[Distutils] bdist_nsis, bdist_deb, bdist_msi, bdist_inno, bdist_pkgtool, bdist_sdux, bdist_mpkg, etc.

M.-A. Lemburg mal at egenix.com
Tue Dec 20 19:52:08 CET 2005

Ronald Oussoren wrote:
> On 20-dec-2005, at 15:40, M.-A. Lemburg wrote:
>> I'm sure Apple will add support for uninstall soon. Even if not,
>> we can easily add an uninstall script to the created package which
>> then removes all traces of the installed package - much like
>> bdist_wininst does in order to support uninstall of the Windows
>> package.
> You're much more optimistic than me w.r.t. Apple provided uninstallers.
> Apple's installer does offer no protection whatsoever against replacing
> files that belong to another package, I suppose at least partially
> because Apple itself uses installer packages to ship patches. This makes
> uninstalling a lot harder.

There's a tool called "Uninstaller" which seems to go a long
way to fill the gap:


> It should not be too hard to write a limited uninstaller for OSX,
> information about installed packages is stored in /Library/Receipts and
> that includes information about all installed files.


>> Dependency management is a nice to have feature, but I
>> wouldn't consider it essential.
> I've lived without dependency management for ages, but am disliking it
> because I end up playing the dependency engine myself. It would be very
> nice if the standard distutils package could at least provide a way to
> store dependency information in setup.py, a PKG-INFO file and/or on
> PyPI. That way users at least wouldn't have to search for dependencies
> in package documentation.

SVN distutils already supports PEP 314 style
provides/requires/obsoletes. It also uses this information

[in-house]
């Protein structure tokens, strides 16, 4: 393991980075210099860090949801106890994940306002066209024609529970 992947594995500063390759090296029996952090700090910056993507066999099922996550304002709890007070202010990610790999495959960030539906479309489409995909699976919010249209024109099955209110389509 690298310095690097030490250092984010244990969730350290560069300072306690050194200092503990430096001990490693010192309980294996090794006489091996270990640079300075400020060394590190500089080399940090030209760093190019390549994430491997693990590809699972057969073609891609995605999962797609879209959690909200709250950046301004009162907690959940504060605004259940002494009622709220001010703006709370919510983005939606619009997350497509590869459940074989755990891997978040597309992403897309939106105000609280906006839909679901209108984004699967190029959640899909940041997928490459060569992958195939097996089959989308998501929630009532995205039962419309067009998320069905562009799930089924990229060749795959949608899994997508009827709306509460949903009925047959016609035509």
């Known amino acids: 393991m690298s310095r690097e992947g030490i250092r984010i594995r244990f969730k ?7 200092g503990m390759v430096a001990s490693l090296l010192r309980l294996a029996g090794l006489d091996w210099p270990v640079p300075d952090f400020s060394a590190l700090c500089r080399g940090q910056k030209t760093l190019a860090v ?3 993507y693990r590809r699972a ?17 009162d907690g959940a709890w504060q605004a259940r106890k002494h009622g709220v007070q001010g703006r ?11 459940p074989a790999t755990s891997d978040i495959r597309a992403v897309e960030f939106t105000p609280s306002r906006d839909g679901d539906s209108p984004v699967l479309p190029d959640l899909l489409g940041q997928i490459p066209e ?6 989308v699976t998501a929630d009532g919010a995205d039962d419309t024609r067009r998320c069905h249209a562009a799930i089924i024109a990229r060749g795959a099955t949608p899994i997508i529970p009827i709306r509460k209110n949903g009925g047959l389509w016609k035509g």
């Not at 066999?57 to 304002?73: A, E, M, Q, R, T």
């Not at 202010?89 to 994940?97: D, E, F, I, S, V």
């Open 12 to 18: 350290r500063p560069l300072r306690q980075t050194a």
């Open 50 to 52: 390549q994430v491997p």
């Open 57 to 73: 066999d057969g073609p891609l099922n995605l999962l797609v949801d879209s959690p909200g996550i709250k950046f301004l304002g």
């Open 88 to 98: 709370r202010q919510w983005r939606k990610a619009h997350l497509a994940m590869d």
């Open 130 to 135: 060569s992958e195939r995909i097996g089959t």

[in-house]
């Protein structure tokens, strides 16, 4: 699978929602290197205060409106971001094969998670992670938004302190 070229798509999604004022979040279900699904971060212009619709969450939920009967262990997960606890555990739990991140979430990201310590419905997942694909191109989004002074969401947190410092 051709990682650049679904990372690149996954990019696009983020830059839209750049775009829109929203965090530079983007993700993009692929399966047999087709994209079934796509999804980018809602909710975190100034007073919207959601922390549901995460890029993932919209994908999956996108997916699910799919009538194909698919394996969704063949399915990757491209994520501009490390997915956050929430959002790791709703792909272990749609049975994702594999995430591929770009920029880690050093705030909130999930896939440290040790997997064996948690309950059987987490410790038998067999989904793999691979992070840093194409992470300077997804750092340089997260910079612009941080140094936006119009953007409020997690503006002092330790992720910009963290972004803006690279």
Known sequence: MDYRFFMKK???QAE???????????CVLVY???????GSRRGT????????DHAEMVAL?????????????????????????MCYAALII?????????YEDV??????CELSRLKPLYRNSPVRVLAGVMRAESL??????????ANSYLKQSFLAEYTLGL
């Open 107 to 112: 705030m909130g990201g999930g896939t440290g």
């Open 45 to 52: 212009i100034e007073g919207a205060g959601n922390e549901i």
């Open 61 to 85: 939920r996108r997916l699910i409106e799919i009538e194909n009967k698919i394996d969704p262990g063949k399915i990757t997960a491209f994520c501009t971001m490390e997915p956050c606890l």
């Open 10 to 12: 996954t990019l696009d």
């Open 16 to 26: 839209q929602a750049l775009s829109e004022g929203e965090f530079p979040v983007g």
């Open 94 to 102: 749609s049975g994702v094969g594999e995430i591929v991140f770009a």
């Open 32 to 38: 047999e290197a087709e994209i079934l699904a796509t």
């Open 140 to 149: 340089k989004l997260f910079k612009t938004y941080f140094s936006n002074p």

for building RPMs and for registering with PyPI.

Looking at PyPI, these are not yet in wide-spread use, though.

>> Automatic downloads are nice to have as well, but sys admins
>> rarely trust tools that automatically download and install
>> software, unless they have complete control of where things
>> are downloaded, when and whether there's proper authenticity
>> control built into the tool.
> I'm not too happy about the downloading feature of setuptools because of
> the lack of verification. I haven't spent enough time with setuptools
> yet to decide how to reach a save-enough situation. There will always be
> some trust involved, even if packagse included digital signatures I'd
> have to trust the signer enough to assume that he won't insert malware
> into his package.

I think an author provided MD5 sum will already go
a long way for making sure that the registered upload
has not been tampered with. The signature will
additionally confirm authorship, provided you trust
the signer.

The PyPI upload command can automatically sign packages
that you upload. However, the same problem as for PEP 314
applies to this I guess.

>> AFAIK, easy_install doesn't
>> provide any kind of authenticity control - probably due to
>> the fact that PyPI doesn't have this feature. At least the
>> MD5 sum should be checked, but for this, the PyPI registry
>> would have to provide this information in some way.
> Checking checksums is very nice of cource, but doesn't help against
> someone that registers hostile code with PyPI. Luckily PyPI protects
> against users that try to register new versions of projects they don't own.

True. MD5 sums are the minimum requirement, I suppose.

Marc-Andre Lemburg

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